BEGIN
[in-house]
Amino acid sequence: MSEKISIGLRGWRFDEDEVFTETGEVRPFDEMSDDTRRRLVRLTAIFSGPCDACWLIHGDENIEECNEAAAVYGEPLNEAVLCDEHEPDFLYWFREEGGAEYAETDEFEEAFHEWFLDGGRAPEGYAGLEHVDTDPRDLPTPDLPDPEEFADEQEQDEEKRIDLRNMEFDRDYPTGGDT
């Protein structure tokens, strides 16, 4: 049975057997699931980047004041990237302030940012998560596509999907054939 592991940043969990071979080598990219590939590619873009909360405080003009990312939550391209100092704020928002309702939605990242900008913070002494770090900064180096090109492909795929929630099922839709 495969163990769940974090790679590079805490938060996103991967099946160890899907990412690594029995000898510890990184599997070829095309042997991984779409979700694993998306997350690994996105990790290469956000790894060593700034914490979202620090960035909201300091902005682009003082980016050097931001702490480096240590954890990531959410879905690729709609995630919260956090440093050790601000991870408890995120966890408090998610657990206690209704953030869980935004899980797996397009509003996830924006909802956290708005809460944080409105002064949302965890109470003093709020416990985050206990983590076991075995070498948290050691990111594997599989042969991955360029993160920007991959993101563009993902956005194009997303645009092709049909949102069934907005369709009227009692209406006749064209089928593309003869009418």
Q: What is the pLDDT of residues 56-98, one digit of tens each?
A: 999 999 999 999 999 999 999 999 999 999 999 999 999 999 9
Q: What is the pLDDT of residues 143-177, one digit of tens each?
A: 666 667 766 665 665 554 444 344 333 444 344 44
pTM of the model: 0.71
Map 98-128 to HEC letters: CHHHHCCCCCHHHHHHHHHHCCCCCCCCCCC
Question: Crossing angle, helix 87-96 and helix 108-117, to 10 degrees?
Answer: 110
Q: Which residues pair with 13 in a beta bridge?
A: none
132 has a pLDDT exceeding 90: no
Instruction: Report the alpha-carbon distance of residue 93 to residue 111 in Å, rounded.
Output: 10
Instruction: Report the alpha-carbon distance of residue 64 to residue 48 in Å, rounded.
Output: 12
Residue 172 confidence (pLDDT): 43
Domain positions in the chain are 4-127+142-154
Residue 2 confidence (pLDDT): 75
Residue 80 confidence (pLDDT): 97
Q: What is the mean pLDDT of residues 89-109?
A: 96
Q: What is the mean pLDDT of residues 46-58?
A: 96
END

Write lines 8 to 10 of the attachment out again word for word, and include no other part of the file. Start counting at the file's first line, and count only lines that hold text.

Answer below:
pTM of the model: 0.71
Map 98-128 to HEC letters: CHHHHCCCCCHHHHHHHHHHCCCCCCCCCCC
Question: Crossing angle, helix 87-96 and helix 108-117, to 10 degrees?